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Age: 6 Months
Said lives in an unusual house - it's a train full of refugees. But the train
doesn't move anywhere, it just stretches four kilometres through the countryside.
Said, who is six-months old, has spent more than half his life living on the
It is cold on the train. Winters in Russia are much colder than New Zealand.
Night-time temperatures can drop to minus 15°C. Winter is not only cold, but
Said's mother, Malika, keeps Said warm by wrapping him up in her scarf. Malika
remembers how her family walked for three days from Grozny, the capital of Chechnya
to the train.
"It was a long trip, we walked and walked. It wasn't easy with five children.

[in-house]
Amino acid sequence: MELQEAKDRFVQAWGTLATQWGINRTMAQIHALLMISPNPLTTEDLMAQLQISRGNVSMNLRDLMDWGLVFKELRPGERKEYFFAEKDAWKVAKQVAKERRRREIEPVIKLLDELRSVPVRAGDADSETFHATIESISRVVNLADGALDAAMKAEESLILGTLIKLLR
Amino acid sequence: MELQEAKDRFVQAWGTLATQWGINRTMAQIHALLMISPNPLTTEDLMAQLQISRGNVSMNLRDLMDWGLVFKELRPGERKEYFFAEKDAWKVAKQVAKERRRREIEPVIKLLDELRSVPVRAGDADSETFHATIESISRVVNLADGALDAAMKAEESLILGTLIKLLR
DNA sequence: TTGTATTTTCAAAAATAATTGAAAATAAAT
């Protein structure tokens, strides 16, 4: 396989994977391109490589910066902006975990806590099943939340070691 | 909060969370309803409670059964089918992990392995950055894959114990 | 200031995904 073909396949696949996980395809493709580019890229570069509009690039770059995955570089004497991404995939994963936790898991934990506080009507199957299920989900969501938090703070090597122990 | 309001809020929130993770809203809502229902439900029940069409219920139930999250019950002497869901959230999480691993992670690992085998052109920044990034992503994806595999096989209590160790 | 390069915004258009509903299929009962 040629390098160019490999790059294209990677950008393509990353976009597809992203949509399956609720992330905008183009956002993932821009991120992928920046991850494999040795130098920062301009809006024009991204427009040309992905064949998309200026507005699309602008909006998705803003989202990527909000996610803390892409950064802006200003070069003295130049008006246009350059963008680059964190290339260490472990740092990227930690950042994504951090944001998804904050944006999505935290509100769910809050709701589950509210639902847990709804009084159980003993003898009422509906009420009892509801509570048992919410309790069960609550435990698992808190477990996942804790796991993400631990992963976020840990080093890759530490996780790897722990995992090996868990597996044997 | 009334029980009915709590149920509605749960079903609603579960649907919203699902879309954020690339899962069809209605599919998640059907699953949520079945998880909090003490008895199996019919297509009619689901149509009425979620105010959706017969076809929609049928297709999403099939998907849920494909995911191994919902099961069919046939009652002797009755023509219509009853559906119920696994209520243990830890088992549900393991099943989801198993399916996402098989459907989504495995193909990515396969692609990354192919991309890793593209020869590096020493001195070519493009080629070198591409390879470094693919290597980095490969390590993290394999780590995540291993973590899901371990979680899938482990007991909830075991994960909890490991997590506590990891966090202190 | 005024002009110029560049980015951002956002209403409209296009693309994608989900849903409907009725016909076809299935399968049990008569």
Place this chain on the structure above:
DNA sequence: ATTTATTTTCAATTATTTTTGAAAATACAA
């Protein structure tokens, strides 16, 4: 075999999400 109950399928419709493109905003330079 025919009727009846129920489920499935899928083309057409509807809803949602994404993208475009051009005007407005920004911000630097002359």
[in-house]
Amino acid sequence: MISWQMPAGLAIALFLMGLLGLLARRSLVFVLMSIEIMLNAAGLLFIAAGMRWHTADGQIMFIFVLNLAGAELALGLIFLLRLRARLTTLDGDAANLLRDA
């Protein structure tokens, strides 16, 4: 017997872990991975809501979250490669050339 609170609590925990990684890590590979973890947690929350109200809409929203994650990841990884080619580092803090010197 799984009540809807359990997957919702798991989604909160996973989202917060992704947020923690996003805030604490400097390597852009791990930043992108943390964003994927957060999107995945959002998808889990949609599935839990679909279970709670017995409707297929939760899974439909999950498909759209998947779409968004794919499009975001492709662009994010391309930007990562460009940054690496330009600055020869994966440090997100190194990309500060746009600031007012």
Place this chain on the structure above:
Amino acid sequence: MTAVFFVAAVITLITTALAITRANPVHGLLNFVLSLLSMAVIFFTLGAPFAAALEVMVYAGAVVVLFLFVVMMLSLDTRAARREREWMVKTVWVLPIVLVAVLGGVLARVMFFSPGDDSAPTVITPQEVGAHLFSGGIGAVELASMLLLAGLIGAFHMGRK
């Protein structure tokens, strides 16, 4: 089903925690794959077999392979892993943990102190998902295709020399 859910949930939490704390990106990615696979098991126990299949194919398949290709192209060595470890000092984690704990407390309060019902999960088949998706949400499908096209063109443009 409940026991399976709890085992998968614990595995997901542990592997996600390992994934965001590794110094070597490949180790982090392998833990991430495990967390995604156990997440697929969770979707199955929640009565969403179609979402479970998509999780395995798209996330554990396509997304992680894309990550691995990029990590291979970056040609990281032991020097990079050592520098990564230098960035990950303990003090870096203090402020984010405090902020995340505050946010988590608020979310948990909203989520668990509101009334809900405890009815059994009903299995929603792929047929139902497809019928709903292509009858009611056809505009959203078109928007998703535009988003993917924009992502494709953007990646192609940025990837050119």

At night-time we slept in other people's cars or buses, even on the side of
the road. We are tired and just want to go home," she says.
Said and his family are some of the more than 240,000 Chechens displaced by
the war, of which two-thirds of them are children. Life is really tough. Their
villages have been destroyed and there are no gas or electricity supplies in
their temporary home.
But for the people on this train, a little boy helps them forget their troubles.
Said charms those around him and has captured the hearts of the 48 people living
in carriage number 37.